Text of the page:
36. ^ Scholey & Forsyth, p.265
  37. ^ أ ب Harnden, Toby (23 March 2010). "Gen Stanley McChrystal pays tribute to courage of British special forces". London: The Daily Telegraph. Retrieved 25 March 2010.
  38. ^ Meo, Nick; Evans, Michael; McGrory, Daniel (25 March 2006). "Army's top general attacks Kember for failing to thank SAS rescue team". London: The Times. Retrieved 22 March 2010.
  39. ^ أ ب Finlan, Alistair. "The arrested development of UK special forces and the global war on terror". Cambridge University Press. Retrieved 17 March 2010.
  40. ^ "Breakfast with Frost, interview". BBC. 30 March 2003. Retrieved 27 March 2010.
  41. ^ "Insurgents 'right to take on US'". BBC. 3 May 2007. Retrieved 27 March 2010.
  42. ^ Thompson, Alice; Sylvester, Rachel (25 July 2009). "Guthrie attacks Gordon Brown over helicopters for Afghanistan troops". London: The Times. Retrieved 27 March 2010.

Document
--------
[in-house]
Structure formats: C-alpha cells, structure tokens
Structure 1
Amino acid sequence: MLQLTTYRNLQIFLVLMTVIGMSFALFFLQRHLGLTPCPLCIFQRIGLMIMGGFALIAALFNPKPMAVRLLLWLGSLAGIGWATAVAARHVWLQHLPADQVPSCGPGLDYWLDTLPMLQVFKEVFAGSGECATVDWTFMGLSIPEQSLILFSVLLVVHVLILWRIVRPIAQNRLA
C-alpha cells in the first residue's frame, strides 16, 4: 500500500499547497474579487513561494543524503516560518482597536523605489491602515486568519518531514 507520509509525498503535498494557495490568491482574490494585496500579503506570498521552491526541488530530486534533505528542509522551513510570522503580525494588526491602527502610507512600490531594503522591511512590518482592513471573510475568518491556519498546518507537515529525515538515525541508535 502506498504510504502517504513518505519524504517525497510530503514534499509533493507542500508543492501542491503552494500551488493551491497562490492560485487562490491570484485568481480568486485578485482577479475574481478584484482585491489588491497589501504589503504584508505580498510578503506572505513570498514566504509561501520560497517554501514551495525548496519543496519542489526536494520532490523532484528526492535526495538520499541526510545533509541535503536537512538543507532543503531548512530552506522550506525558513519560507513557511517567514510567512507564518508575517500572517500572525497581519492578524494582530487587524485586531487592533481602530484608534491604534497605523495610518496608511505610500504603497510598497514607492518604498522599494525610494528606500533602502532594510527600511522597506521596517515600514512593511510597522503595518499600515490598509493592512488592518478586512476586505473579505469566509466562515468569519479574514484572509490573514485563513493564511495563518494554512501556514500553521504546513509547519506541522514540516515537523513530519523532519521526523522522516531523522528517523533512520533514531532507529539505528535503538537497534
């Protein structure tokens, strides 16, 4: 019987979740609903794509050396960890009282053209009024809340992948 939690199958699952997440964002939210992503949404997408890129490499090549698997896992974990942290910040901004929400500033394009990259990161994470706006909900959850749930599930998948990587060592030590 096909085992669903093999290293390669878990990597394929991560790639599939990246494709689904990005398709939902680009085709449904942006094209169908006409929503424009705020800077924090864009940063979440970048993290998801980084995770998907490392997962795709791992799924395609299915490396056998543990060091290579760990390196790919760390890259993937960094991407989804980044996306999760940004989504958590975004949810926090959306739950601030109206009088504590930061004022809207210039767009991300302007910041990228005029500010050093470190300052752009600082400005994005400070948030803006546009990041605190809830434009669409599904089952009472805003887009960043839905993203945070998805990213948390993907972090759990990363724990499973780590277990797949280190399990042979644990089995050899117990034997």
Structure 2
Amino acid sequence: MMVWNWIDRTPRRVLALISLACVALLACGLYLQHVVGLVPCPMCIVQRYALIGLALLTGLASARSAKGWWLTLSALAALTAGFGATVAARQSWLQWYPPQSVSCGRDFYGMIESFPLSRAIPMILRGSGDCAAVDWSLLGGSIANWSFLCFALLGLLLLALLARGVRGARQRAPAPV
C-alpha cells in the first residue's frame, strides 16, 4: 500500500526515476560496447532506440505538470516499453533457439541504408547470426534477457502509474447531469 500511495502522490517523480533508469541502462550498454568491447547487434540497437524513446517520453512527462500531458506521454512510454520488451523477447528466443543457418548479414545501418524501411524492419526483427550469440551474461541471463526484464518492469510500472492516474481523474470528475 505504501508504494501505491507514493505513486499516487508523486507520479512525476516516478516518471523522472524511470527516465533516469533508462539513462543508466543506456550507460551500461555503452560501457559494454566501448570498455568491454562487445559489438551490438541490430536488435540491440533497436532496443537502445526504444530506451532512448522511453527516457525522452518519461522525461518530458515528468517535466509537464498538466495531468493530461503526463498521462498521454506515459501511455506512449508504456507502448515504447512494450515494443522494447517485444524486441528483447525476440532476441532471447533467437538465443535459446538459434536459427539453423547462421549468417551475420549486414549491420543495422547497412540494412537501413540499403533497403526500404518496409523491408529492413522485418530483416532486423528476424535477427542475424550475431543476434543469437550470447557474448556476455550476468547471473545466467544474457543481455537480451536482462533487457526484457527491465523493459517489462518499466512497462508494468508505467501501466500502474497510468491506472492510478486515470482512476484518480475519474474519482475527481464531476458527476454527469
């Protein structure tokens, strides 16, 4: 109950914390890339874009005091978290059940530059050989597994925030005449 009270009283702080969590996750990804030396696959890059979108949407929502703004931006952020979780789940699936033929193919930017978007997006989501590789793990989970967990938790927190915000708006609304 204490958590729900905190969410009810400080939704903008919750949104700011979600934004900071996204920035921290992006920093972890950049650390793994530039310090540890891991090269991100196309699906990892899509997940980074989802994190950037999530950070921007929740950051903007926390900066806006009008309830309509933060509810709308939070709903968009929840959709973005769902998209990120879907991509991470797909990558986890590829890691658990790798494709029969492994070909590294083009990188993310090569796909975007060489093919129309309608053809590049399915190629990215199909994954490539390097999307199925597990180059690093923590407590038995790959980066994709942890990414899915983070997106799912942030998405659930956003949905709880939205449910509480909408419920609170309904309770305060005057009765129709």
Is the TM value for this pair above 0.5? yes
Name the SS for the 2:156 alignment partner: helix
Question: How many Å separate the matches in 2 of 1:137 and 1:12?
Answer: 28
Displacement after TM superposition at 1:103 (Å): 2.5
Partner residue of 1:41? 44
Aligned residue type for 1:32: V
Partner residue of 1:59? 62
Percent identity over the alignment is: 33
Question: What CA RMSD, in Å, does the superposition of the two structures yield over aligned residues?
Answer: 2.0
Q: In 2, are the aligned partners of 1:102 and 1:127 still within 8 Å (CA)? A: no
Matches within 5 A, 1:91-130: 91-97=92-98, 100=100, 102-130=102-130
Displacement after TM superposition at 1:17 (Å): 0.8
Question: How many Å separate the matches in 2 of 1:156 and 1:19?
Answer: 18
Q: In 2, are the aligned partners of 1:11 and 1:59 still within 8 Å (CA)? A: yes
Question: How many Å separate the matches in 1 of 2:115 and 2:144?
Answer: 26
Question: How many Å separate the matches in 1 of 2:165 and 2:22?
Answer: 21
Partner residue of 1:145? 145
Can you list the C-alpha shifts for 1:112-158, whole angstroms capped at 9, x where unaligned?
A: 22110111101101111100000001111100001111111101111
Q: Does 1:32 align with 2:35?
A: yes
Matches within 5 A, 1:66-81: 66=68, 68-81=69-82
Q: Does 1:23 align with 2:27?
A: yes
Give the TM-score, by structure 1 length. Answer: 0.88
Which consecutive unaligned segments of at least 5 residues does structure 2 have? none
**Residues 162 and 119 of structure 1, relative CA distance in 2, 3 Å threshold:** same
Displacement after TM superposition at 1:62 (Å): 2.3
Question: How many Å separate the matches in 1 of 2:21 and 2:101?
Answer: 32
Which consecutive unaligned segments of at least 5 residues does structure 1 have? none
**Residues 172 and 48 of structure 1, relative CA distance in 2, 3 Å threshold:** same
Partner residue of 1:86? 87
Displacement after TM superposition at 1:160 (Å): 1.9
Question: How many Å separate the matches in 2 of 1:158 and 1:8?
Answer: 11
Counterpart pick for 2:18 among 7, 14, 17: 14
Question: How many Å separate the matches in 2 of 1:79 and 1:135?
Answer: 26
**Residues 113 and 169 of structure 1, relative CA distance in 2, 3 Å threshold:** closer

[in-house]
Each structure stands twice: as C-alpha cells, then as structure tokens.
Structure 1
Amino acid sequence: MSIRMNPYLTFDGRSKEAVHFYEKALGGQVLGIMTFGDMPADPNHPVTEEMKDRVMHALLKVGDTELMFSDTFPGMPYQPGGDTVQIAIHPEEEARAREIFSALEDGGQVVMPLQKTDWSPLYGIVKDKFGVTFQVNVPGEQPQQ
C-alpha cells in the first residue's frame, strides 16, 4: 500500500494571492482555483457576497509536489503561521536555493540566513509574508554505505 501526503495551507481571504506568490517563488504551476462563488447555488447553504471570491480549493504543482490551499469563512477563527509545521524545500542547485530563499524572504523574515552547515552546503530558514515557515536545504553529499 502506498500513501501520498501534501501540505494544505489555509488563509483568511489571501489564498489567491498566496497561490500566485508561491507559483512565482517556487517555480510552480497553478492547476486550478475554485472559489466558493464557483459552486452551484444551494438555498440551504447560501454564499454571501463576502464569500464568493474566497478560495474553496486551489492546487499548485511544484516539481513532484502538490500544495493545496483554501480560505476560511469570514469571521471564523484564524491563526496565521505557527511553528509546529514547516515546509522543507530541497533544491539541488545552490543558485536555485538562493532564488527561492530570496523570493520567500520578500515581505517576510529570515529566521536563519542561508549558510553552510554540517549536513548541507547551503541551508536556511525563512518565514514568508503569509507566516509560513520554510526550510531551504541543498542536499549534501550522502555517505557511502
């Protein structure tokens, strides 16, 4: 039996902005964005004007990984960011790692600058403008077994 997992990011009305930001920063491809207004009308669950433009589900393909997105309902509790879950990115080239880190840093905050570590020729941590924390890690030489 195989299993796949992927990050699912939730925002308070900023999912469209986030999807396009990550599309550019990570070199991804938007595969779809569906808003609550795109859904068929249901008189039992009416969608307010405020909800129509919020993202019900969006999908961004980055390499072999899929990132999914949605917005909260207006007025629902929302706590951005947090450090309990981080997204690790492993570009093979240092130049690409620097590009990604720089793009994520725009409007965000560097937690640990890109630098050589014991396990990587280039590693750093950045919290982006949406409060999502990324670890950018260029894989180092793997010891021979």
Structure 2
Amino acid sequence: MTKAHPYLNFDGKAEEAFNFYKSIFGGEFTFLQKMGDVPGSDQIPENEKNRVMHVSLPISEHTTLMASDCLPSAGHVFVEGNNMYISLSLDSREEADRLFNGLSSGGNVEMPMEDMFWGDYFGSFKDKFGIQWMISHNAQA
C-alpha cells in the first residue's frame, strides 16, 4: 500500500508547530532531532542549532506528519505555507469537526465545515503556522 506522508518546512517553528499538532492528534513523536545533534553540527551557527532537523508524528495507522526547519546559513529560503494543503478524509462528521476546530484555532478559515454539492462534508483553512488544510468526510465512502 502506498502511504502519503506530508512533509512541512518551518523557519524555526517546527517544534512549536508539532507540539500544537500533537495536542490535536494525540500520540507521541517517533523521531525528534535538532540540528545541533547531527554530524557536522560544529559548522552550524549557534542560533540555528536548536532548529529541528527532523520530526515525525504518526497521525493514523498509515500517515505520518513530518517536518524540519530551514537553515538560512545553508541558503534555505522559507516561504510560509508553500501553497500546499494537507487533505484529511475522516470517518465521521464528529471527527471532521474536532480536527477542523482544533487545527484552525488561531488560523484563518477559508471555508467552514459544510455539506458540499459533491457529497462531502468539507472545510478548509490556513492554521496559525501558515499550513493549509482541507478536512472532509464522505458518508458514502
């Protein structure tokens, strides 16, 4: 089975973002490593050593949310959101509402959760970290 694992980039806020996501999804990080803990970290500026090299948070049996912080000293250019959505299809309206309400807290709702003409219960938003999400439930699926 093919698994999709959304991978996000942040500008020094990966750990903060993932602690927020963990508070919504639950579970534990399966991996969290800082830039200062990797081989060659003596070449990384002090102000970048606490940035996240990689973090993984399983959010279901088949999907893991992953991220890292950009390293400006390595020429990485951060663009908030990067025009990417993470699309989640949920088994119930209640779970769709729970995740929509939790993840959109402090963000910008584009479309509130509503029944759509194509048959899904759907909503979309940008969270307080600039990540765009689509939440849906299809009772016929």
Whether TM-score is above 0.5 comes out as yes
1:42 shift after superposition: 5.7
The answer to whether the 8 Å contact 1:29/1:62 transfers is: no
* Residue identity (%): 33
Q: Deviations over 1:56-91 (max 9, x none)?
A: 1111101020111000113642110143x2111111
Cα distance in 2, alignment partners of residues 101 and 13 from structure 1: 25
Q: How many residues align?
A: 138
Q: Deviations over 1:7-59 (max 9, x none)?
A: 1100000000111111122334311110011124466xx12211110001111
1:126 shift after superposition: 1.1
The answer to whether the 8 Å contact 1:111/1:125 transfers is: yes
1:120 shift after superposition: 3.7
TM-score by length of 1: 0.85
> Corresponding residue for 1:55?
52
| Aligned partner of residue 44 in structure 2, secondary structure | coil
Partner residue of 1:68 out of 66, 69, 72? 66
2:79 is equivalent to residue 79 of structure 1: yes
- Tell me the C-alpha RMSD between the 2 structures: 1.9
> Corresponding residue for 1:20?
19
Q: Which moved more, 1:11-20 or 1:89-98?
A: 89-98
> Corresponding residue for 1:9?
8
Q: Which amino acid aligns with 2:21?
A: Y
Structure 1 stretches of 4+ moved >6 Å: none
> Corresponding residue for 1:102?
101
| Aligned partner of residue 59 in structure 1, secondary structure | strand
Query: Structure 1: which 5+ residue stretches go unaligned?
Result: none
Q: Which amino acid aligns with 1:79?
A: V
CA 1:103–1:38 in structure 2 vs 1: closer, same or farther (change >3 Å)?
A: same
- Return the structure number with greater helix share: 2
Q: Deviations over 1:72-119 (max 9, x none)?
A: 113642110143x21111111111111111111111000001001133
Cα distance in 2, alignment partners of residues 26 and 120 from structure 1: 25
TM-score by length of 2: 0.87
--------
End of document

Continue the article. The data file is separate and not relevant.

43. ^ "Armed Forces:officers". Parliament of the United Kingdom. Retrieved 27 March 2010.
  44. ^ "Special Air Service Regiment". Digger History. Retrieved 14 April 2010.
  45. ^ Shortt & McBride, p.26
  46. ^ Delta Force: The Army's Elite Counterterrorist Unit. Editorial Review, VNU Business Media, Inc. 2000-05-25. ISBN 9780380809394. Retrieved 14 April 2010.
  47. ^ Silvestri, p.146
  48. ^ "Demi-brigade de parachutistes SAS". Ministere de la Defense. Retrieved 14 April 2010.
  49. ^ ثوار ليبيا يطلقون سراح فريق من القوات الخاصة ودبلوماسيين بريطانيين، وكالة أنباء الشرق الأوسط
  50. ^ "Prime Ministers Questions, Special Forces". Parliament of the United Kingdom. Retrieved 14 April 2010.
  51. ^ "Special Forces". Parliament of the United Kingdom. Retrieved 14 April 2010.
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وصلات خارجية

قالب:United Kingdom Special Forces قالب:British Commando units of the Second World War

الكلمات الدالة: